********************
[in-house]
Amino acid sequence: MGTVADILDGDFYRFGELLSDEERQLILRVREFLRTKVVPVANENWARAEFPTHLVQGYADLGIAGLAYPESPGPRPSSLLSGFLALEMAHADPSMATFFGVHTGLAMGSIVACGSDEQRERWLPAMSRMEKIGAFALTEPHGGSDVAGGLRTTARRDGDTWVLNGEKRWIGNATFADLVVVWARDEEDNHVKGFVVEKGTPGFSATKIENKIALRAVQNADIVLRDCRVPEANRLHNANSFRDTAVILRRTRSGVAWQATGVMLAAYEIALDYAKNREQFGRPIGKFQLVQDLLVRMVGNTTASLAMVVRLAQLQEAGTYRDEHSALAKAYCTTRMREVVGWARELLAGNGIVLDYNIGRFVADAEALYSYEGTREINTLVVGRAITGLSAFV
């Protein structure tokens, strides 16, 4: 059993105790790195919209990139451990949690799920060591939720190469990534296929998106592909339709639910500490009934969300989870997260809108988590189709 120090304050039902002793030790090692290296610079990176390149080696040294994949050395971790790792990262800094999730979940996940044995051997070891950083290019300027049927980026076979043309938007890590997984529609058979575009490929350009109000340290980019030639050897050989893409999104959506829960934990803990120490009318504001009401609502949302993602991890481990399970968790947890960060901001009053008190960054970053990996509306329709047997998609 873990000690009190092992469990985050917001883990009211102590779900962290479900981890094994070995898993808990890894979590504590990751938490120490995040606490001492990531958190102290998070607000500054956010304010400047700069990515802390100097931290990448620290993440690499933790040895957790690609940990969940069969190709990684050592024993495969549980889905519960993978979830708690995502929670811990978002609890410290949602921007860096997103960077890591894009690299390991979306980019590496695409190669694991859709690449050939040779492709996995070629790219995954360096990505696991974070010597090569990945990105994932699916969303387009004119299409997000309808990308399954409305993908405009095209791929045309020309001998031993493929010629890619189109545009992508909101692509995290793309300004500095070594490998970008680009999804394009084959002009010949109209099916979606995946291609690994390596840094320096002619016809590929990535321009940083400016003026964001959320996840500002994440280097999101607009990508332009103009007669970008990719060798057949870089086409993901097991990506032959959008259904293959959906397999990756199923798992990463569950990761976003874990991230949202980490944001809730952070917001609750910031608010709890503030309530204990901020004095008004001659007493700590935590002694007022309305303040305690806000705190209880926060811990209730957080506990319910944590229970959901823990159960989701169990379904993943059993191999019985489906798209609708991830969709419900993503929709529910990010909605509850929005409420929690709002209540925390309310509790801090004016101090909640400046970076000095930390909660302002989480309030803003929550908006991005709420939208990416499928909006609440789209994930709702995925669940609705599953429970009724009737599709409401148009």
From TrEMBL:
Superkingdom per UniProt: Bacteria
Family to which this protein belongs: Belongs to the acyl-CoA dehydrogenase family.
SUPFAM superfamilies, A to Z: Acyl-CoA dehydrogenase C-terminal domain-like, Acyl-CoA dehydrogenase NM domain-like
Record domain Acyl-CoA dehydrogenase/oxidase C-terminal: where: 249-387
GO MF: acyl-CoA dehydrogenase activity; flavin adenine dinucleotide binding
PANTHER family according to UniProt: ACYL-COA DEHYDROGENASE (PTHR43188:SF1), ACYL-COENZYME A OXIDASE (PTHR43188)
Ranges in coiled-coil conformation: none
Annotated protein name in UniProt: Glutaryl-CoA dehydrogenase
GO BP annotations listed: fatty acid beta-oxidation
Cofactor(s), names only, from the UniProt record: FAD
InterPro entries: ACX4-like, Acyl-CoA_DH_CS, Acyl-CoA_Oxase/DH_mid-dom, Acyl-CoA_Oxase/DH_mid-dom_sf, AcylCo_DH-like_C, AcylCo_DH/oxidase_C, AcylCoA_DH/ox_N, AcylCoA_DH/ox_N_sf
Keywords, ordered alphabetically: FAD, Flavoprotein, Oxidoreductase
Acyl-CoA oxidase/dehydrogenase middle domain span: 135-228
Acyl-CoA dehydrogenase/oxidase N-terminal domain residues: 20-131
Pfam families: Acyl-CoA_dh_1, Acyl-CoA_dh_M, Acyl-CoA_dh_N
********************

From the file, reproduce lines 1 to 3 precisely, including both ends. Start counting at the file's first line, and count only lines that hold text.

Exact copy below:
[in-house]
Amino acid sequence: MGTVADILDGDFYRFGELLSDEERQLILRVREFLRTKVVPVANENWARAEFPTHLVQGYADLGIAGLAYPESPGPRPSSLLSGFLALEMAHADPSMATFFGVHTGLAMGSIVACGSDEQRERWLPAMSRMEKIGAFALTEPHGGSDVAGGLRTTARRDGDTWVLNGEKRWIGNATFADLVVVWARDEEDNHVKGFVVEKGTPGFSATKIENKIALRAVQNADIVLRDCRVPEANRLHNANSFRDTAVILRRTRSGVAWQATGVMLAAYEIALDYAKNREQFGRPIGKFQLVQDLLVRMVGNTTASLAMVVRLAQLQEAGTYRDEHSALAKAYCTTRMREVVGWARELLAGNGIVLDYNIGRFVADAEALYSYEGTREINTLVVGRAITGLSAFV
């Protein structure tokens, strides 16, 4: 059993105790790195919209990139451990949690799920060591939720190469990534296929998106592909339709639910500490009934969300989870997260809108988590189709 120090304050039902002793030790090692290296610079990176390149080696040294994949050395971790790792990262800094999730979940996940044995051997070891950083290019300027049927980026076979043309938007890590997984529609058979575009490929350009109000340290980019030639050897050989893409999104959506829960934990803990120490009318504001009401609502949302993602991890481990399970968790947890960060901001009053008190960054970053990996509306329709047997998609 873990000690009190092992469990985050917001883990009211102590779900962290479900981890094994070995898993808990890894979590504590990751938490120490995040606490001492990531958190102290998070607000500054956010304010400047700069990515802390100097931290990448620290993440690499933790040895957790690609940990969940069969190709990684050592024993495969549980889905519960993978979830708690995502929670811990978002609890410290949602921007860096997103960077890591894009690299390991979306980019590496695409190669694991859709690449050939040779492709996995070629790219995954360096990505696991974070010597090569990945990105994932699916969303387009004119299409997000309808990308399954409305993908405009095209791929045309020309001998031993493929010629890619189109545009992508909101692509995290793309300004500095070594490998970008680009999804394009084959002009010949109209099916979606995946291609690994390596840094320096002619016809590929990535321009940083400016003026964001959320996840500002994440280097999101607009990508332009103009007669970008990719060798057949870089086409993901097991990506032959959008259904293959959906397999990756199923798992990463569950990761976003874990991230949202980490944001809730952070917001609750910031608010709890503030309530204990901020004095008004001659007493700590935590002694007022309305303040305690806000705190209880926060811990209730957080506990319910944590229970959901823990159960989701169990379904993943059993191999019985489906798209609708991830969709419900993503929709529910990010909605509850929005409420929690709002209540925390309310509790801090004016101090909640400046970076000095930390909660302002989480309030803003929550908006991005709420939208990416499928909006609440789209994930709702995925669940609705599953429970009724009737599709409401148009």